The Last Ocean by Jen Lewin 2022
The Last Ocean by Jen Lewin 2022

The Last Ocean: 2022

In 2022, The Last Ocean made its debut at Burning Man’s Black Rock City. This remarkable installation delves into the urgent issue of plastic pollution in our oceans, a warming planet, the depletion of natural resources, and the pressing need for transformative systemic change.

Comprised of traveling, temporary interactive platforms that span a vast landscape, the installation is brought to life by community engagement. Crafted from reclaimed ocean plastic, The Last Ocean creates an otherworldly ice field that mimics the geometric tessellations of Antarctica’s glaciers.

Throughout the day, the interactive platforms showcase the metamorphosis of reclaimed ocean plastic. And as night falls, The Last Ocean illuminates in a spectacular array of vibrant interactive light, captivating viewers with its stunning beauty and powerful message.

The Last Ocean Process and Inspiration:

Ten years ago, I conceptualized a new interactive sculpture called The Last Ocean. John Weller’s photographs and urgent ideas to preserve Antarctica’s Ross Sea directly inspired my vision for the sculpture.

Since inception, it has taken my small team and I nearly a decade to figure out how to build The Last Ocean authentically. We have actively worked to design, invent, engineer and fabricate the artwork entirely out of collected and reclaimed Ocean Plastic Trash. This process has required reinventing aspects of my art practice while pushing the boundary of plastic manufacturing.

After such a long journey, we are excited to announce  THE LAST OCEAN:  an expansive landscape of interactive platforms created from reclaimed ocean plastic, evocative of a luminescent ice field composed of beautiful geometric tessellations. The Last Ocean not only seeks to inspire and educate, but also – through the use of reclaimed ocean plastic – to impact the recovery of our oceans and our planet.

Rethinking Public Art

The Last Ocean redefines public artwork as an interactive landscape. Our hope is that this work will inspire and educate but also – through the use of reclaimed ocean plastic – encourage the recovery of our oceans and our planet.
“We estimate that at least 5.25 trillion plastic particles weighing 268,940 tons are currently floating at sea.” Eriksen M, Lebreton, et al.

Ultimately, we believe that humans need to put an end to the appalling levels of single- or limited-use plastic production. However with hundreds of thousands of tons of plastic already in the ocean, we knew it was important to attack the problem on multiple fronts.

Transforming Communities

To make this work possible Jen Lewin Studio has closely collaborated with Ocean Plastic Technologies (OPT), in South Africa. OPT and Jen Lewin Studio are re-engineering the circular plastic economy by finding new ways to recycle and repurpose ocean-bound plastic pollution. The Last Ocean is handmade from collected ocean and ocean-bound plastic trash collected from coastal communities, ground down and melted to create the artwork.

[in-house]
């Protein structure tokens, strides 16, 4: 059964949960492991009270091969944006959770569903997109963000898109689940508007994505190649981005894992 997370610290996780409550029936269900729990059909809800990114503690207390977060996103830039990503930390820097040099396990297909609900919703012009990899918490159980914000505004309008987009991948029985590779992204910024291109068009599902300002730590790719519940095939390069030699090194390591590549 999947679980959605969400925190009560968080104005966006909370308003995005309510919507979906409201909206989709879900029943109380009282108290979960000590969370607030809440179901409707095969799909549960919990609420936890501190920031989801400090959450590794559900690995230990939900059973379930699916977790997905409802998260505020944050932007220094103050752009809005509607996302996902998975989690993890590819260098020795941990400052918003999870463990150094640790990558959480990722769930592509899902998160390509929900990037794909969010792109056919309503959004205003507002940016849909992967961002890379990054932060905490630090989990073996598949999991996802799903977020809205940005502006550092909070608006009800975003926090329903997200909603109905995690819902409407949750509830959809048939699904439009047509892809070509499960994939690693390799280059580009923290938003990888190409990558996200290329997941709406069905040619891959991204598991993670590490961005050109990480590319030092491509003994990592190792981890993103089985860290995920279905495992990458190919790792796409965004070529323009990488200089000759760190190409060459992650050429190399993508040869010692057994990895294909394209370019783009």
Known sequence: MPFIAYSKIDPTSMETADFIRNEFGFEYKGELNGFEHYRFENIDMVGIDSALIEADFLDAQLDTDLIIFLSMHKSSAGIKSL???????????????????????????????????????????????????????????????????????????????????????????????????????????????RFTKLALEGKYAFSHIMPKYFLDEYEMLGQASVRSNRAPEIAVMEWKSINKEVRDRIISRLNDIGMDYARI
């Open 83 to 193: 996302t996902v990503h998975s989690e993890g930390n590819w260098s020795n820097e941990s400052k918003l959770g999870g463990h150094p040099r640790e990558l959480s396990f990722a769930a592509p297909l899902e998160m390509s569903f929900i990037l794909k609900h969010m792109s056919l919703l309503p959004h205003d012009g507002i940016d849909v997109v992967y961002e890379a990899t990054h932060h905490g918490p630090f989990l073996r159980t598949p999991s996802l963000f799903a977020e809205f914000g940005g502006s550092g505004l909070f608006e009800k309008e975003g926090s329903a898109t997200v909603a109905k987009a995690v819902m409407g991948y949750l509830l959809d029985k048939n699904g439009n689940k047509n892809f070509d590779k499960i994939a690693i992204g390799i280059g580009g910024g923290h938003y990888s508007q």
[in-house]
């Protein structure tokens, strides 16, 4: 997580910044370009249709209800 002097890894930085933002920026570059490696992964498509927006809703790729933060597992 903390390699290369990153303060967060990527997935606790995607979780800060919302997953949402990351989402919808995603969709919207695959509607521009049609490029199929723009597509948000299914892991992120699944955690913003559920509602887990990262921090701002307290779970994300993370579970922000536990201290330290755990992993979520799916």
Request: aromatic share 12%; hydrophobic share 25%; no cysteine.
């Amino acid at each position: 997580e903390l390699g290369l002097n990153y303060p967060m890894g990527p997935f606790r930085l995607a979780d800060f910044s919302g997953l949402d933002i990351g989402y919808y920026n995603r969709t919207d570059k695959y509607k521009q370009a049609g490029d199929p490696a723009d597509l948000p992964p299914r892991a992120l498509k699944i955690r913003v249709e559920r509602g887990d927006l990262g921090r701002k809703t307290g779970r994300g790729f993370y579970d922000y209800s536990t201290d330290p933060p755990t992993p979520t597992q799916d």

A small portion of the plastic collected by Jen Lewin Studio and Ocean Plastic Technologies. Over 10,912 pounds of plastic, 9,268 pounds of glass fiber and composite was collected to create The Last Ocean.

Pioneering New Technology

Creation of The Last Ocean has been a multi year journey requiring that our studio entirely re-think our own fabrication processes. We hope that this hands-on exploration can inspire other artists, designers, fabricators, and plastic manufacturers to reconsider their own direct role in protection and conservation of our planet.

“There is no such thing as ‘away’. When we throw anything away, it must go somewhere.” – Annie Leonard

From the kitchen table of Marjorie Rice

The Last Ocean’s shape and form is directly inspired by the Type 9 pentagonal tiling discovered by artist and mathematician Marjorie Rice. At the time of her discovery there were only 9 known pentagonal tilings discovered by mathematicians Karl Reinhardt, R. B. Kershner, and Richard James between 1918-1975.

Marjorie Rice, Tessellation 9 Pentagon, Last Ocean by Jen Lewin

In 1976, with no training in geometry beyond a general math course in highschool, the 52 year old Californian homemaker discovered 4 pentagonal tilings over the course of 2 years, after reading a puzzle column on the tessellations in the Scientific American Magazine. Employing an elaborate symbolic system and hand-sketched studies, RIce worked on her investigations discovering these four new tessellating convex pentagons and nearly 60 additional never before seen tessellations, all in the spare moments she had alone at home when her husband and 5 children were at work and school.

Since her discoveries, there was one pentagonal tiling discovered in 1985 by Rolf Stein and the last pentagonal tiling was discovered in 2015 using computer algorithms (Mann/McLoud/Von Derau). To date there are only 15 total pentagonal tilings of the plane, confirmed complete in 2017 by Michaël Rao. But for the initial discovery by Karl Reinhardt, Marjorie Rice’s pentagons make up the largest set of these tilings. The interactive platforms used to create The Last Ocean will be in the shape of Rices Pentagonal Tiling “Type #9”.

Pentagonal Tessellation Types

Grants, Awards & exhibits

2022 Black Rock City Honorarium

2023 Vivid Syndey – The Last Ocean, “Antarctica”
2022 Black Rock City, Burning Man
2022 Detroit Design Week, The Last Ocean at Beacon Park
2022 Canal Convergence, The Last Ocean “Brunt Shelf”
2022 San Francisco Exploratorium, The Last Ocean Iceberg 74 and Brunt Ice Shelf

© Copyright Jen Lewin Studio, all rights reserved.    

© Copyright Jen Lewin Studio, all rights reserved.